My Beautiful Wickedness

Ok, my peeps, a question for you all.
November 5, 2007, 9:59 pm
Filed under: Uncategorized

I have been waking up on teaching days crawdadding away mentally about not wanting to go teach, not having anything important to say, not feeling knowledgeable or prepared, finding it very hard to focus on any one topic to begin my preps…and on non-teaching days, I feel actively relieved that I don’t have to face the classroom today. Saturdays are heavenly because I don’t have to go to campus at all; Sundays, the dread cycle starts all over again. I cancelled a set of classes when I wasn’t actually sick just because I felt so overwhelmed with the administrative and assessory aspects of my job that I really didn’t think I could stand up and run class effectively. I won’t say that’s never happened before, but it doesn’t happen much.

However, I do fine with delivering the lecture or running the conversation or managing the small-group; once I make myself get dressed (always running late) and prep (drag-assing on this), I breeze into the classroom and I do alright. I feel good and I connect with students and I don’t notice anything weird about my performance.

Any ideas on what’s causing this mild burned-out feeling and how to turn it around? The dark chocolate cure isn’t working this time.


5 Comments so far
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Try installing full-spectrum lightbulbs in your office. It’s expensive, but not as expensive as psychotherapy.

Comment by nm

I don’t have a solution but I’m feeling much the same for whatever that is worth. I’m meeting my classes, and I think I’m doing fine in them, but all of the stuff outside of there is really wearing me down… and all I have to look after is me and the dog.

As you probably remember, mornings are not my friends and I am just hoping that next semester, when I do not have to be in at 8 am all the time and my class load will be lighter, that I’ll start feeling better.

Comment by Gerald

As a student, may I step up as the first to ask: is it your students? Early November seems to be when even the most motivated students glaze over, and I can see how frustrated my profs become at the prospect of seeing us gaze emptily at them for an hour or two.

“I cancelled a set of classes when I wasn’t actually sick just because I felt so overwhelmed with the administrative and assessory aspects of my job…” That statement prompts me to share my strategy for keeping it together as the semester wears on. I allow myself what I think of a “a personal snowday” each semester: one day when I’m allowed to wake up, roll over, and decide that I cannot make it to class after all. Most semesters, I never exercise the option, but knowing I made the choice to be there every day spurs me to engage fully in the work.

Comment by Elsa

A pro never blames the class. But I can acknowledge that their fatigue is having an effect. Teaching is all about connecting — getting them on the same page with each other, connecting them with the voices of the past, explaining what person A has to do with causing Event B — and they have to be mentally present, prepared, ready to work with me because I just can’t do it all alone.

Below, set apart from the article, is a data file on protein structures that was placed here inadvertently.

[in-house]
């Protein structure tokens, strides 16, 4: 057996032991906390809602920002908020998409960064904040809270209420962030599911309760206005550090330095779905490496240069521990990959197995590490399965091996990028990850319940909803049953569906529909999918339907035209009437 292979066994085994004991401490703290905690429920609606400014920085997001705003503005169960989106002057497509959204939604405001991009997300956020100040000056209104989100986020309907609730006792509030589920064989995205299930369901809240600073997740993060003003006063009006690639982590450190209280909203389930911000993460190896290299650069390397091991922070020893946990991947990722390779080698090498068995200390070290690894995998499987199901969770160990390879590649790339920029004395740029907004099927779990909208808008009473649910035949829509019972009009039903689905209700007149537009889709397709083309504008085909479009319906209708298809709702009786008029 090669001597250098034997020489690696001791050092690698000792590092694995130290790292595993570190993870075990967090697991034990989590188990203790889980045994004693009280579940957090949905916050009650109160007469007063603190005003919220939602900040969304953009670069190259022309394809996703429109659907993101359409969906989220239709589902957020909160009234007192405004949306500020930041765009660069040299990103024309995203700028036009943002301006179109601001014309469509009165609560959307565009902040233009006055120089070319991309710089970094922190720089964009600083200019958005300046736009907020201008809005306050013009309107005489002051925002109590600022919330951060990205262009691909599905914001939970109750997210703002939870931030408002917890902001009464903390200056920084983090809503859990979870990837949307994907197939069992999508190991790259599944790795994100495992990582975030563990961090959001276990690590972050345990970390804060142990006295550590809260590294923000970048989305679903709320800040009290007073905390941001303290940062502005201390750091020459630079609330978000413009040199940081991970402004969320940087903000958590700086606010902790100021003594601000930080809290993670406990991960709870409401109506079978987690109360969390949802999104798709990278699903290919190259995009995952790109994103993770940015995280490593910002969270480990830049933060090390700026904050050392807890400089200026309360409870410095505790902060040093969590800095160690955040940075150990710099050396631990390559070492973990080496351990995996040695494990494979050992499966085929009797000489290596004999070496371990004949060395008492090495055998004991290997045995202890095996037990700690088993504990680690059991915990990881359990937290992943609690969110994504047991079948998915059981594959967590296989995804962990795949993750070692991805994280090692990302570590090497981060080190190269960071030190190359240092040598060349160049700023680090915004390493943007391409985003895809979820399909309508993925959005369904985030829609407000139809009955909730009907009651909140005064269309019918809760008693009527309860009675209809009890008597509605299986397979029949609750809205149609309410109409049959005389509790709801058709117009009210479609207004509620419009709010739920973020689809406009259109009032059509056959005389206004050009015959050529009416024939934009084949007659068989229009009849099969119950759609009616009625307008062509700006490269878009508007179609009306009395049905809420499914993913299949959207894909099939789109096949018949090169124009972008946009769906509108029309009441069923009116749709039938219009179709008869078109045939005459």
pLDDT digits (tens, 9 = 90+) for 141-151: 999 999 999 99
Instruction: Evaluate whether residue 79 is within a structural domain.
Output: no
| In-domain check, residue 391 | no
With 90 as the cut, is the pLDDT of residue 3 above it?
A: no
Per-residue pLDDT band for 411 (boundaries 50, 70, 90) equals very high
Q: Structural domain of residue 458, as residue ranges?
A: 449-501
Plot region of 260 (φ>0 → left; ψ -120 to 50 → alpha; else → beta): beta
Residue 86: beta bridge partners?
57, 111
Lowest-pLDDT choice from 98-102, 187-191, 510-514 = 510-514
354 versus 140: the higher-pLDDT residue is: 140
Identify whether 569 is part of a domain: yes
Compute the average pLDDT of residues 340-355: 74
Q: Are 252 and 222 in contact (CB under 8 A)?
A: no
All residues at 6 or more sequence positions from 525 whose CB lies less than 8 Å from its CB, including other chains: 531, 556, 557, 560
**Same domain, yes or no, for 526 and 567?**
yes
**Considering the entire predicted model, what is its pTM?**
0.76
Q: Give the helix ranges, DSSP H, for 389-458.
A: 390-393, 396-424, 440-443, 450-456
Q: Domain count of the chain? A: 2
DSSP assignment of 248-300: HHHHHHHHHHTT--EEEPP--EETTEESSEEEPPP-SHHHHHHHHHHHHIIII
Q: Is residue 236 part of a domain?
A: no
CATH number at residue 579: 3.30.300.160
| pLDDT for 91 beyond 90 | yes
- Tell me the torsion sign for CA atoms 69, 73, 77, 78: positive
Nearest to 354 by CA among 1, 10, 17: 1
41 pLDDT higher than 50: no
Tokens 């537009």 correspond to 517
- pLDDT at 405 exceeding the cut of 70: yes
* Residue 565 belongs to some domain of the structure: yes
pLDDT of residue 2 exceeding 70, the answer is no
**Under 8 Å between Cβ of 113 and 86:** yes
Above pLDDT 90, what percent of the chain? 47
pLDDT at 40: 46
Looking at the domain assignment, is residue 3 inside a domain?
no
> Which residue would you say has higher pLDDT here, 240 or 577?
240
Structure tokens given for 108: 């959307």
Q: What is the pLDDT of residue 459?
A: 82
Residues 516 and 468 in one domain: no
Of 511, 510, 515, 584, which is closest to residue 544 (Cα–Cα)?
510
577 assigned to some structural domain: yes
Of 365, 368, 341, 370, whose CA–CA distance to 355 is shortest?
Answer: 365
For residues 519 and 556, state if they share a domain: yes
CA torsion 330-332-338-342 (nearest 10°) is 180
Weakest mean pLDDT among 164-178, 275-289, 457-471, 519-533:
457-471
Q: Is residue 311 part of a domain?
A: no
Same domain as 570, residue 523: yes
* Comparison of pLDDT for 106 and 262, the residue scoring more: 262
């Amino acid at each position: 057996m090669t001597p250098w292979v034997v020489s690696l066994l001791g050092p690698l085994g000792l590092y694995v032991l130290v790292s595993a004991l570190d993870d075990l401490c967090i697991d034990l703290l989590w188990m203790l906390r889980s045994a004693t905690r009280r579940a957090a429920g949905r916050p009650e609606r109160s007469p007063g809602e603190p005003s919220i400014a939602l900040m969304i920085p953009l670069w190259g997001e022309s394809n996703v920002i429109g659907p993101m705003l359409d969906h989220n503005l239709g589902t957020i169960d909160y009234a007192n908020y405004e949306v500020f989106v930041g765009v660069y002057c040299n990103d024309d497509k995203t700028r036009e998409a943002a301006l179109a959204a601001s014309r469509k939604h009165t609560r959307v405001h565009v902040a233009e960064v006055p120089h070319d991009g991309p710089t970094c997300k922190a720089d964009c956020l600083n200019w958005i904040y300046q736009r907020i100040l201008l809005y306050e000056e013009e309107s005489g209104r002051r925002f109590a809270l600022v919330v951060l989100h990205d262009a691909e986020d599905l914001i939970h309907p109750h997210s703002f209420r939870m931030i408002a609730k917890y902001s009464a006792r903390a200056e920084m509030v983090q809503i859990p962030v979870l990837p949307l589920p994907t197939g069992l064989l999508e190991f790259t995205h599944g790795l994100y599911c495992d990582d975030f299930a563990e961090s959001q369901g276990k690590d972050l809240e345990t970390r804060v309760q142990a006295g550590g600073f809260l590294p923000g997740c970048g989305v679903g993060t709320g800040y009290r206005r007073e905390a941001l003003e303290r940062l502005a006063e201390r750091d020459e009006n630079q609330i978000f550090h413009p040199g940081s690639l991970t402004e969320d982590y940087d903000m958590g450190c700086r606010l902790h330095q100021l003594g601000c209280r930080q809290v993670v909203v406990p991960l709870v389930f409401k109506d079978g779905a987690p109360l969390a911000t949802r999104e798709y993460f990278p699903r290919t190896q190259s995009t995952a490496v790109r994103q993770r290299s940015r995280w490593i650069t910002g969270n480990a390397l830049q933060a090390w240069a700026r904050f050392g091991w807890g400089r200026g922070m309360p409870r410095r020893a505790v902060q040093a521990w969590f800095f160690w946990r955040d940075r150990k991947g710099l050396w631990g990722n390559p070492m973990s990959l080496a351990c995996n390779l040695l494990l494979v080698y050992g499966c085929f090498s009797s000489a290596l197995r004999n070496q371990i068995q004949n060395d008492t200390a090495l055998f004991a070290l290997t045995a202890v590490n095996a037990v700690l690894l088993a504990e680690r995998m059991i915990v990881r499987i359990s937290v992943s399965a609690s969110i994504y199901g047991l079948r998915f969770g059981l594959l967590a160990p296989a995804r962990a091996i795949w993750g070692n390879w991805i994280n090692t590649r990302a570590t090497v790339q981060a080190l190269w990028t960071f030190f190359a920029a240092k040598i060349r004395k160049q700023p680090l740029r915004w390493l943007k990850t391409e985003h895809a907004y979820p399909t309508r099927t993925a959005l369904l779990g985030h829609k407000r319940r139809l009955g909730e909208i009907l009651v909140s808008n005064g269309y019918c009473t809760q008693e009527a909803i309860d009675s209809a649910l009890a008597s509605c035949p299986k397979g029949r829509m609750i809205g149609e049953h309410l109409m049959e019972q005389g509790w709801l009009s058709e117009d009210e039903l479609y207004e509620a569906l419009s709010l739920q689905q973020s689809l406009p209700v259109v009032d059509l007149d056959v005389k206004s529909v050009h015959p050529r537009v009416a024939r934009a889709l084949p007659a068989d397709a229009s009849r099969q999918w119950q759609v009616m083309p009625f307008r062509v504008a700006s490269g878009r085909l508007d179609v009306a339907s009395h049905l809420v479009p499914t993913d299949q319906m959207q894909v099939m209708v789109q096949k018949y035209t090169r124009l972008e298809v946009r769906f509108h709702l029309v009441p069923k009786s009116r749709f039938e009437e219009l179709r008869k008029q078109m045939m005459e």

Students in my classes have been looking at their metaphorical watches since late October, wondering when Thanksgiving will come around. This is the point in the semester when people who have really under-performed figure out that they can’t turn it around; they aren’t going to magically climb from that D to a B because they are just out of time to make a dramatic comeback. So they lose hope — once you’ve missed seven or eight classes, you’re over the waterfall. The people who conclude they can’t possibly pass the final make the rational choice to cut my class to invest more time in things they can pass, so my attendance is flagging. People who are anxiously disposed are going nuts about every little grade. Lots of illness, break-ups, car troubles, lack of focus…

Yes, part of it is students who have let go of their end of the rope. Yesterday, I gave a simple eval to figure out what they had gotten out of their recent reading and what they were retaining. The average score was a 4 out of 14 in one class, 5 of 14 in the other. Alarmingly, their retention over time is even worse than that. They really aren’t holding on to much and that’s scaring me. We train a lot of teachers and if nothing is sticking beyond what they already knew (mostly incorrect) from high school…they aren’t going to pass their state certifications. I would just be sick if I just paid $100k for a four-year ed degree and then just couldn’t get the job I thought I was preparing for. I’m trying to adjust my assessment to help them be more accountable, but sometimes I think the old-fashioned “turn off the TV and get your head into your work” has to come from within. Some students have that drive and others just don’t.

My “snowday,” unfortunately, inconveniences about 100 students who have to get up, get dressed, drive to school (gas costs), find a parking space, walk in the cold…and then it sort of doubles my workload later, as the material has to be taught. So as valuable as that “sanity day” strategy is for students (my attendance policy in class speaks to that periodic human necessity), it’s not such a wise thing for profs to do, ultimately.

Comment by bridgett

“Never whine in front of your students.” – D.N. McCloskey

I know what you mean about the “snow days.” Every now and then I’m really tempted to fall back to my school days – “I am so sick *cough*cough*” – but then I think of my kids dragging themselves in and I figure if I can make it in I just have to.

Speaking of which- off to my evening class. These twelve-hour Mondays are getting old.

Comment by Gerald

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